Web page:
lunch – the recap

In case you missed Wednesday’s post – CLICK HERE.

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seven hours of driving + a quick tour of campus + lunch with our girl = best day EVER!

It was just what we all needed. Seeing Anna in her element helped me let go of my nerves about how she’s doing. She’s thriving. Her classwork is interesting, she loves exploring Baltimore and has made many wonderful new friends (we got to meet several). Two hours of showing us around her new turf and a fun lunch and we were on our way. Saying goodbye was not easy, but we will see Anna for Parent’s Weekend in a couple of weeks and again in early November for Cousin Carlos’ Baptism. Thank goodness – we need more Anna time!

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Saying goodbye wasn’t easy.

Thank you for all the love and support this week. I heard from many moms that they’re feeling the same way and I’m not alone in the crazy drive/hug/lunch/hug/drive. I also heard from a few kids who shared that they appreciate crazy drive/hug/lunch/hug/drives! I sure hope Anna did, because I have a feeling this won’t be the only time I pull this stunt;)

Thank you Anna for being you and, thank you Jack and Mymom for being my partners in crime!!!!!!

Love, Jess

 

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Several years ago, I was getting my nails done when I ran into a friend whose son had just left for college in Boston. We were chatting all about the excitement of drop-off and what it felt like getting home one kid down. She admitted that the transition had left her feeling a little lost and that she was planning to head up the next day to take her son out to lunch, “What? For lunch? In Boston?”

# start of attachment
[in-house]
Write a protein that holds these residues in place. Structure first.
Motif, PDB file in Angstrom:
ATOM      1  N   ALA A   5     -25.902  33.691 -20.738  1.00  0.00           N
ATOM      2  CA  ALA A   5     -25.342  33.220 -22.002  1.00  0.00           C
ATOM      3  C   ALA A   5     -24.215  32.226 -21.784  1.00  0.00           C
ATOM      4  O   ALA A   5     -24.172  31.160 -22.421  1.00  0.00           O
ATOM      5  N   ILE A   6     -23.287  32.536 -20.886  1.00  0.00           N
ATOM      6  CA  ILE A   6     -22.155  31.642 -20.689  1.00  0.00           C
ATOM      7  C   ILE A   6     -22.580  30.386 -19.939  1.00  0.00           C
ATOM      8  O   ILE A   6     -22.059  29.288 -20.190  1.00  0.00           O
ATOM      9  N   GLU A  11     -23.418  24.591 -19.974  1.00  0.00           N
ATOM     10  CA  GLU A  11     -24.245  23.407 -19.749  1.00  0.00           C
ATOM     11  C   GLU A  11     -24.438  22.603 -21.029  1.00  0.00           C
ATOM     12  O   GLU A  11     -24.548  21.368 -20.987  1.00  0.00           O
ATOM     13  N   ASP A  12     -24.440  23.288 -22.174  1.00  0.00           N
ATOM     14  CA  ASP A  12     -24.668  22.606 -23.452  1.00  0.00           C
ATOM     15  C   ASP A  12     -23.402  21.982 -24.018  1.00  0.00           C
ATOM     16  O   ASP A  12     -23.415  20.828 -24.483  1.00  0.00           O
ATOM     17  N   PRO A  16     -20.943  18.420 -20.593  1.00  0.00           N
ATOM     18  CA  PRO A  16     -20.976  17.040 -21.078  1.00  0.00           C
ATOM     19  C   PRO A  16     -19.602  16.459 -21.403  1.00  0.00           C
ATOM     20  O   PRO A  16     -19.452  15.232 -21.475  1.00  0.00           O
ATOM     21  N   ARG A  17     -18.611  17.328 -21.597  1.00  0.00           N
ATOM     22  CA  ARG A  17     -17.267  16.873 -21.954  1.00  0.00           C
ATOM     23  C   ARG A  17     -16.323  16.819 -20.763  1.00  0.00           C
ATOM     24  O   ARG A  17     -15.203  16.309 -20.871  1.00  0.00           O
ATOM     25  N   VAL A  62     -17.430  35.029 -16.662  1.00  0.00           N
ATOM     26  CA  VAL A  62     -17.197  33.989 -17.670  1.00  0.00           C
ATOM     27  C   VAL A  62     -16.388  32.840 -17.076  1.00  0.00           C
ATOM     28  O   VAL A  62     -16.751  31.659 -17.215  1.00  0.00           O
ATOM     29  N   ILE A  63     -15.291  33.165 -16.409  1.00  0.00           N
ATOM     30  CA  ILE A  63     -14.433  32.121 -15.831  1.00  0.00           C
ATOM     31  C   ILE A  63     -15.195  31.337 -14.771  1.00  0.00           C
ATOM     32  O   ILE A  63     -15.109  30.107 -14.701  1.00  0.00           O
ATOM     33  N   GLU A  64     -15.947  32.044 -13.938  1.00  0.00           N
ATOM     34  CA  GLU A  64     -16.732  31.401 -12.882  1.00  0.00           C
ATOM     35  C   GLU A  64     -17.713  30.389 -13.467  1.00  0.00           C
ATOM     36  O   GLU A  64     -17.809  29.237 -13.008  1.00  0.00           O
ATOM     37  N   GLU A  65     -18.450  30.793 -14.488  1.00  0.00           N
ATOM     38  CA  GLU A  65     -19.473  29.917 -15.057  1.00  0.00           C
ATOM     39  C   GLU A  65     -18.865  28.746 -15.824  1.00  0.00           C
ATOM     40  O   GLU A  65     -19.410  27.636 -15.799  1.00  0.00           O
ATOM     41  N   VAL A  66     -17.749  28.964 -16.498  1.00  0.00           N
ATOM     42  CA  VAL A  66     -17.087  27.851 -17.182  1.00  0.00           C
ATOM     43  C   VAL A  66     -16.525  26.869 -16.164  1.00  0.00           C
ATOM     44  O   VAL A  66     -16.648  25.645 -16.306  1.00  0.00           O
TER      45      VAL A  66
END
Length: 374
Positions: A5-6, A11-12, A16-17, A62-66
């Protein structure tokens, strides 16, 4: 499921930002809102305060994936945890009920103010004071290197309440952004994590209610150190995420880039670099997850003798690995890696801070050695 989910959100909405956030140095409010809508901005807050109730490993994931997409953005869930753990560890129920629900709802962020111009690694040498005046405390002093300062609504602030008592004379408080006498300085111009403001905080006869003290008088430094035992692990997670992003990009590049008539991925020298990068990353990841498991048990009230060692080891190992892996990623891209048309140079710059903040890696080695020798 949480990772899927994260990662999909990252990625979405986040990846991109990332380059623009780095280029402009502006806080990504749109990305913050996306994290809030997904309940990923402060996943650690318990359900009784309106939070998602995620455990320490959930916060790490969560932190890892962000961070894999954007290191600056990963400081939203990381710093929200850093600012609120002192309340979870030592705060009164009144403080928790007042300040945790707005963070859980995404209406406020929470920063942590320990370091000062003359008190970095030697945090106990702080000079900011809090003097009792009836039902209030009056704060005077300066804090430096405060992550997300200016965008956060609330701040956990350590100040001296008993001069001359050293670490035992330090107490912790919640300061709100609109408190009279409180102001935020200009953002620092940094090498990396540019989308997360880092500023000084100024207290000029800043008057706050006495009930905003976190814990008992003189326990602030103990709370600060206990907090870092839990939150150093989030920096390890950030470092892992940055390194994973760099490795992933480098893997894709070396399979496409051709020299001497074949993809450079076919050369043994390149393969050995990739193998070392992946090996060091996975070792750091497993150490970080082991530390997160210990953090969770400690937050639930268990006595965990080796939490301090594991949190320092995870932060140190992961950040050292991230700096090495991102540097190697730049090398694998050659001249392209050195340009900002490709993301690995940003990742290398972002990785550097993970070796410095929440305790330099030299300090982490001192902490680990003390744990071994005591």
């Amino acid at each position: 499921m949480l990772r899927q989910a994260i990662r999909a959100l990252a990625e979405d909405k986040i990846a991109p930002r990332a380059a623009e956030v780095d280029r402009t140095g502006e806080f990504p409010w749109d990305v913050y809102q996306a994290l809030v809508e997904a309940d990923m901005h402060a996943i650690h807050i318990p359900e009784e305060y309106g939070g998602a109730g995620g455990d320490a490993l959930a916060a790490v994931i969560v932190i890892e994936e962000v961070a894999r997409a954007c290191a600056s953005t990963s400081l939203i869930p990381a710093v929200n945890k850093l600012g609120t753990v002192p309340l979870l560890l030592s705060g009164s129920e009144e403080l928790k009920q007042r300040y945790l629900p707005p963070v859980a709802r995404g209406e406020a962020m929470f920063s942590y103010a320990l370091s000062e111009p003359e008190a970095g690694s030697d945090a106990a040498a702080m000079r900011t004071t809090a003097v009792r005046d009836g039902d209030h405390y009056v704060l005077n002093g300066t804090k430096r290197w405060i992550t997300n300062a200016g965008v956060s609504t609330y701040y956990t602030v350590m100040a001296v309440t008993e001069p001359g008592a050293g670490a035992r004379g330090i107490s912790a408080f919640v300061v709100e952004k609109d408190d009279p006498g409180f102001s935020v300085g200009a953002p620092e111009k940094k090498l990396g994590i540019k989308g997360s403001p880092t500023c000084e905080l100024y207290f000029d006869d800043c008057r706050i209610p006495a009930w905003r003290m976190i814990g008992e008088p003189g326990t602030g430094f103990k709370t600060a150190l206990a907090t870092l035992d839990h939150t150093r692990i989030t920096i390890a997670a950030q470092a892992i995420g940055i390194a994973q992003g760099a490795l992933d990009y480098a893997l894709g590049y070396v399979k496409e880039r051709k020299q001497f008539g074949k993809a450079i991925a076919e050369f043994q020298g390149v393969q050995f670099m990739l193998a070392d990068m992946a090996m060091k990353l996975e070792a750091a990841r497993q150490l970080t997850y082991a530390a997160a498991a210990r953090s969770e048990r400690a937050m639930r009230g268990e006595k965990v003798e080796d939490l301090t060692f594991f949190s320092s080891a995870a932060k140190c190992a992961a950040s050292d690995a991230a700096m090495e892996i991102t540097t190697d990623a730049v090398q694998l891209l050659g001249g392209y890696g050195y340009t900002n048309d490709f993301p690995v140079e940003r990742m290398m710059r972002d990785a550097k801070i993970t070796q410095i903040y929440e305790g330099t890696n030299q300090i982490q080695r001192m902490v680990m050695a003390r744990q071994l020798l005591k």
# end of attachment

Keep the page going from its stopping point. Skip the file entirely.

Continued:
Maplewood to Boston is a 4 1/2 hour drive. I walked away from the conversation relieved that I would never be THAT crazy.

Jack, Mymom and I are driving to Baltimore to see Anna tomorrow. For lunch.

We’ve been busy trying to get into the rhythm of our new nest. I’m feeling a little less lost than I had expected, but it’s not easy. As long as I stay busy I’m okay, but when the chaos of life quiets, I get teary. The result is that our house has never been as clean and I seem to be very on top of my my TO DO list and piles of paperwork. I am looking for anything that can distract me from the quiet. Things like writing and walking are a little harder to do – too much time to think about how much I miss our girl. It’s better for me to stay in motion.

FaceTime is a luxury that I hadn’t expected. I’m trying not to over-do it, but at least once a day we sit down for our call.

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Thirty years ago, there were two pay phones at the end of my dorm hallway. My parents would call on Sunday mornings at 10:00 am. It wasn’t just their chance to catch up, but it was assurance that I was awake at 10:00 am on a Sunday (As soon as I got off the phone, I would crawl back into bed). Within a few months, I got a phone in my dorm room. Still, the phone calls from home were limited. It’s not that my folks weren’t eager to speak with me, but times were different.